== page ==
AANMA spearheaded the movement to make sure that every student in the U.S. could have their lifesaving medications handy at school.
“It was at AANMA’s 2003 Asthma Awareness Day Capitol Hill that Representatives Cliff Stearns, Patrick Kennedy, Joe Barton and Nita Lowey and Senators Mike DeWine and Ted Kennedy heard and responded to our plea for help on behalf of schoolchildren with asthma and anaphylaxis,” Sander said.
AANMA worked with these legislators to craft the Asthmatic Schoolchildren’s Treatment and Health Management Act, ASTHMA 2004, which would provide funding preferences to encourage states to enact laws that guarantee students with a history of asthma or anaphylaxis the right to carry and self-administer their prescribed medications. It was signed into law by President George W. Bush in 2004.
“Our shouts of joy were quickly tempered by the enormous job in front of us -- helping states create laws that were reasonable, responsible and medically sound,” Sander said. “And that’s just what AANMA has done with the support of our volunteers across the country, as well as organizations and corporations.”
“As a mom of three young children in the early 90s, I became involved with AANMA because my daughter, Shannon, was not allowed to carry her inhaler with her at school or on the 30-minute bus ride to and from school,” said Fusco-Walker, who was instrumental in leading AANMA’s efforts to protect these rights for students. “Shannon had almost lost her life twice at the age of 5 and has required daily medications since that time. Immediate access to her lifesaving asthma inhaler is critical in an emergency, and it also gave Shannon a sense of confidence having her medication on hand. She is 23 today and can still vividly describe her terror when she suffered those attacks.”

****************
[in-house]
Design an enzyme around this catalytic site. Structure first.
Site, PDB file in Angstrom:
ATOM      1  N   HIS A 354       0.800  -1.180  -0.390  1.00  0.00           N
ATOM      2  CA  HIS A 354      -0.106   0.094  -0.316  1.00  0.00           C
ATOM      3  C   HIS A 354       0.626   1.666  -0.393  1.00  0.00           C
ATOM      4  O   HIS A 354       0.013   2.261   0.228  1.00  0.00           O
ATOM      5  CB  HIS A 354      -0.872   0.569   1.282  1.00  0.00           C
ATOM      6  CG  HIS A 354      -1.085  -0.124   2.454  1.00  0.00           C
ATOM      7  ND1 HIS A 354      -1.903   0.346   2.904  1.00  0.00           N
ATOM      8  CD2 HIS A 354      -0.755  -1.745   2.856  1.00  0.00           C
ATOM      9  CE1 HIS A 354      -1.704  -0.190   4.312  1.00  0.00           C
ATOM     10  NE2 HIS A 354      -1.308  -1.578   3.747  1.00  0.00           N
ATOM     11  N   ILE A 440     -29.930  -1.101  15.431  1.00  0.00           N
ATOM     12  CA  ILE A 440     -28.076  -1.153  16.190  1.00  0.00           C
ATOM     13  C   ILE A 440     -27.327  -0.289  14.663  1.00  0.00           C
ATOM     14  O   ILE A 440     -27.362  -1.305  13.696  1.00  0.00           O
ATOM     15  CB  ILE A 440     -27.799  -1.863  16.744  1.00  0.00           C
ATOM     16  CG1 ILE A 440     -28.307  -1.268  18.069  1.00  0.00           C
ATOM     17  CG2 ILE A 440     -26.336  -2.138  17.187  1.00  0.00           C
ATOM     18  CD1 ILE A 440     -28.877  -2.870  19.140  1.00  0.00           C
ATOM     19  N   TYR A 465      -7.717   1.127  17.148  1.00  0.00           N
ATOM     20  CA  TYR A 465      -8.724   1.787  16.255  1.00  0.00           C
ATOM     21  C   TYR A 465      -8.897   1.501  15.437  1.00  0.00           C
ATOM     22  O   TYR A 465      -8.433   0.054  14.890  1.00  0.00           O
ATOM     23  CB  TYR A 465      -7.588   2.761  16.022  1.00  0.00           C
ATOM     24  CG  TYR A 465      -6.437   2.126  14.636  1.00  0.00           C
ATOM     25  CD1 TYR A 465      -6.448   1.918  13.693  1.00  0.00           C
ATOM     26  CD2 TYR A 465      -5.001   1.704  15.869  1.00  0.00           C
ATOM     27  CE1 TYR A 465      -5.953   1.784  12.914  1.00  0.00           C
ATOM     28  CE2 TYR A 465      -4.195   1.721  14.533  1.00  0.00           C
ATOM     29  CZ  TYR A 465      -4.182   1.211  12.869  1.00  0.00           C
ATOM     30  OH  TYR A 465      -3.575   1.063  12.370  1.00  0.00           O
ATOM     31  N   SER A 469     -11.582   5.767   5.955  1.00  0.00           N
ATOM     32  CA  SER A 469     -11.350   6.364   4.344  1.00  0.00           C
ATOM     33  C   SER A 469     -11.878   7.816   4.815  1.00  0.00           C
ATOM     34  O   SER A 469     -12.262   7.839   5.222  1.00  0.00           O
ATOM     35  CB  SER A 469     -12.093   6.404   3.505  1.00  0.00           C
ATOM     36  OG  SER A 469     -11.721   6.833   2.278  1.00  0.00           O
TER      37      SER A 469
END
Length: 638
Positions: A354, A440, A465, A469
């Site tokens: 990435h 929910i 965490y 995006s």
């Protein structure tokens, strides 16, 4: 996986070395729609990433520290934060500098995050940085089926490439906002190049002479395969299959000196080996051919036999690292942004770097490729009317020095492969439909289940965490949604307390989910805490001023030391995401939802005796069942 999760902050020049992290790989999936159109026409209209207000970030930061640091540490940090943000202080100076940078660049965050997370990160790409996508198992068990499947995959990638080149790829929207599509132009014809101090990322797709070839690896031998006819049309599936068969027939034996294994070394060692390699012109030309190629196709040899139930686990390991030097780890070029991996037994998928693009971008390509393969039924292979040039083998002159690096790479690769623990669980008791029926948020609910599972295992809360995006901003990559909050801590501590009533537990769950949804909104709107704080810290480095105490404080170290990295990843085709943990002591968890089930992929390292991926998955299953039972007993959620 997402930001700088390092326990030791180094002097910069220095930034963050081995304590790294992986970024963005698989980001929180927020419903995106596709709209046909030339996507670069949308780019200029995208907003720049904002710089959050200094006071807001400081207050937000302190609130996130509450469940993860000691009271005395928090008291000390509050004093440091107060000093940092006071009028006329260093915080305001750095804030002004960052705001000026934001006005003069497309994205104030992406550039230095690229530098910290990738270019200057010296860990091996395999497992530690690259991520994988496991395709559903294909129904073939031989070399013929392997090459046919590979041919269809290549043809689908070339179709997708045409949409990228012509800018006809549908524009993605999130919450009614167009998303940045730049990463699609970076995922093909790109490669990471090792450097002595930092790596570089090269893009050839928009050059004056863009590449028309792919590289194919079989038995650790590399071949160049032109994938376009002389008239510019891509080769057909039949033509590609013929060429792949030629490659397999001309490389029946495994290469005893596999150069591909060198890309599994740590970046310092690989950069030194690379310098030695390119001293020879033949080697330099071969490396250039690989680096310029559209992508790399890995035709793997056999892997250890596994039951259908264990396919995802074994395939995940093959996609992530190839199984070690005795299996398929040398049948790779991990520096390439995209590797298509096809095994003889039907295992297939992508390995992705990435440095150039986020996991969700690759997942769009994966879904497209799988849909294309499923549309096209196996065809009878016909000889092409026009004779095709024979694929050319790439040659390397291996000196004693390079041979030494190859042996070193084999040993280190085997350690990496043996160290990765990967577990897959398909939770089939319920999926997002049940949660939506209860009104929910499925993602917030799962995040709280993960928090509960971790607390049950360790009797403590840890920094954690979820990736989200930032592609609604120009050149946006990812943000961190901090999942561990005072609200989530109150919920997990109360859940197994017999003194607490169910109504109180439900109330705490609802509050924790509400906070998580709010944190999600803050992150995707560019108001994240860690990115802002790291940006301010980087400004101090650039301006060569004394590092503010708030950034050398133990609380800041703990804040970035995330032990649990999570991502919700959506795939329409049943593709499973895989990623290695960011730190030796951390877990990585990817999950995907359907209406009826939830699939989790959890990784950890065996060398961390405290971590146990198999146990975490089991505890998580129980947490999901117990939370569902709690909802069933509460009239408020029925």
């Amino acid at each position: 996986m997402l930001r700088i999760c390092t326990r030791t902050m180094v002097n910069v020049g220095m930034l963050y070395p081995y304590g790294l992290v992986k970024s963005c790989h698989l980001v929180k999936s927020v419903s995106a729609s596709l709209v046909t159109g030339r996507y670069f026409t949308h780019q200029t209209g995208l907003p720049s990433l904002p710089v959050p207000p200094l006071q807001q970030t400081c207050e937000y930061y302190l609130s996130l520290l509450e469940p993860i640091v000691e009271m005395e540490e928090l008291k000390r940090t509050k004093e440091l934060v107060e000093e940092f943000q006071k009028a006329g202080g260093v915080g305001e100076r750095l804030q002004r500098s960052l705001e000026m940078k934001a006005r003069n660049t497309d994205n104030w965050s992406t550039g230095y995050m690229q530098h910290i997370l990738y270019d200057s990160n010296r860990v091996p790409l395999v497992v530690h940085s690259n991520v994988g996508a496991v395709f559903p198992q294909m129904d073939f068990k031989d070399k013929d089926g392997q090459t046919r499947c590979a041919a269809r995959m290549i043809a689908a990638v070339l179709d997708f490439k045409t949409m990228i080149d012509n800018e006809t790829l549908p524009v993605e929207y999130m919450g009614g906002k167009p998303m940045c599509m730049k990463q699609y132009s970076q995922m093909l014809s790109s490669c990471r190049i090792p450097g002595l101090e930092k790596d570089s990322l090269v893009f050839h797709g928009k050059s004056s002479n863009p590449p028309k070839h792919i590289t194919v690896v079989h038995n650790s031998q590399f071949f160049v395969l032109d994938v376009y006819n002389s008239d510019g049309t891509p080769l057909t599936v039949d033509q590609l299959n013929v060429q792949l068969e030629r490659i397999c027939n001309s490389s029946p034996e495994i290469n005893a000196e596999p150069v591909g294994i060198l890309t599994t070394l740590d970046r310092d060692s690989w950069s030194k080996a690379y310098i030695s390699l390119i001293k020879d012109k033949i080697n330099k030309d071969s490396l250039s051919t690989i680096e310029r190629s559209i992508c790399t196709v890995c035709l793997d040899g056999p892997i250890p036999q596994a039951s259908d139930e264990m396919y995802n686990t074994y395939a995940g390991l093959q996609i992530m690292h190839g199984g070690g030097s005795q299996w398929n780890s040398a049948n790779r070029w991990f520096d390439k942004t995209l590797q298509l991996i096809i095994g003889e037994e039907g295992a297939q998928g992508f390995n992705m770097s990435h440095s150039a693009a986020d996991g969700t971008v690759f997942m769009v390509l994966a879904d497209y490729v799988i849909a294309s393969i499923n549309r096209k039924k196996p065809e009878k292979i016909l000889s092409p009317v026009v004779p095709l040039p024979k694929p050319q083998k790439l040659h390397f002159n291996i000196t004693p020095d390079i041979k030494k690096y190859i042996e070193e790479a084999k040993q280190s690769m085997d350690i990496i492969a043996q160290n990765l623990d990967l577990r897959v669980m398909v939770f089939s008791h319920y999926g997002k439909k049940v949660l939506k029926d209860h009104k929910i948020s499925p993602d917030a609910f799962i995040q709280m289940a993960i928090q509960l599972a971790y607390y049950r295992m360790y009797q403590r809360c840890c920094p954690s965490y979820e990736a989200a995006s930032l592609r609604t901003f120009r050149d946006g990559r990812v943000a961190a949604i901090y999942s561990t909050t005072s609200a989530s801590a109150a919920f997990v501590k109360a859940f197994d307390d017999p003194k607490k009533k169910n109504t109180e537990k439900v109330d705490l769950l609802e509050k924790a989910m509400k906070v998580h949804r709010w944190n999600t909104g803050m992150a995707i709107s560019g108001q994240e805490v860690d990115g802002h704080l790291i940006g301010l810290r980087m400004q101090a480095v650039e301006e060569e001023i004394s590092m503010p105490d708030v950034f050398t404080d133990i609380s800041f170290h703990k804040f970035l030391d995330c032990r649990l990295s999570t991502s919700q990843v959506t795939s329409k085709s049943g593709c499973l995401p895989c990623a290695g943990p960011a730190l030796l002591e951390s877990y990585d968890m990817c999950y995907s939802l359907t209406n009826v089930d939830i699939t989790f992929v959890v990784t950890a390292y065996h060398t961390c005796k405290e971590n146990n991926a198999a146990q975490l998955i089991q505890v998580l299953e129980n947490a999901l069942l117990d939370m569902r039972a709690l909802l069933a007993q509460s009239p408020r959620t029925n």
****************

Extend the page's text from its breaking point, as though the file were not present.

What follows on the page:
“I’m very thankful to AANMA and Sandra Fusco-Walker, who testified for our committees by phone,” Jerstad said. “It must be very gratifying to now have all of our states included in this important piece of legislation.”
“We are proud of our South Dakota legislators for recognizing the importance of this bill and passing it unanimously,” O’Leary said. “We are also thankful to all the people and organizations that helped protect the rights of students with asthma and allergies.”
Up next: anaphylaxis
There are still five states without laws allowing students to carry and use anaphylaxis medication in school: Mississippi, New York, Pennsylvania, Rhode Island and Wisconsin. (These states do allow students to carry and use asthma medications at school.) AANMA is working with advocates and legislators in these states. To find out more and to support these efforts, visit AANMA’s Advocacy page: www.aanma.org/advocacy
Founded in 1985, Allergy & Asthma Network Mothers of Asthmatics is the leading national nonprofit family organization dedicated to eliminating suffering and death due to asthma, allergies and related conditions. AANMA’s core areas of expertise are education, advocacy and outreach. The organization’s www.aanma.org website and award-winning publications, Allergy & Asthma Today magazine and The MA Report online newsletter, are consumer lifelines to medical news and healthy living.
For more information, call 800.878.4403 or visit www.aanma.org. You can also follow AANMA on Twitter and Facebook.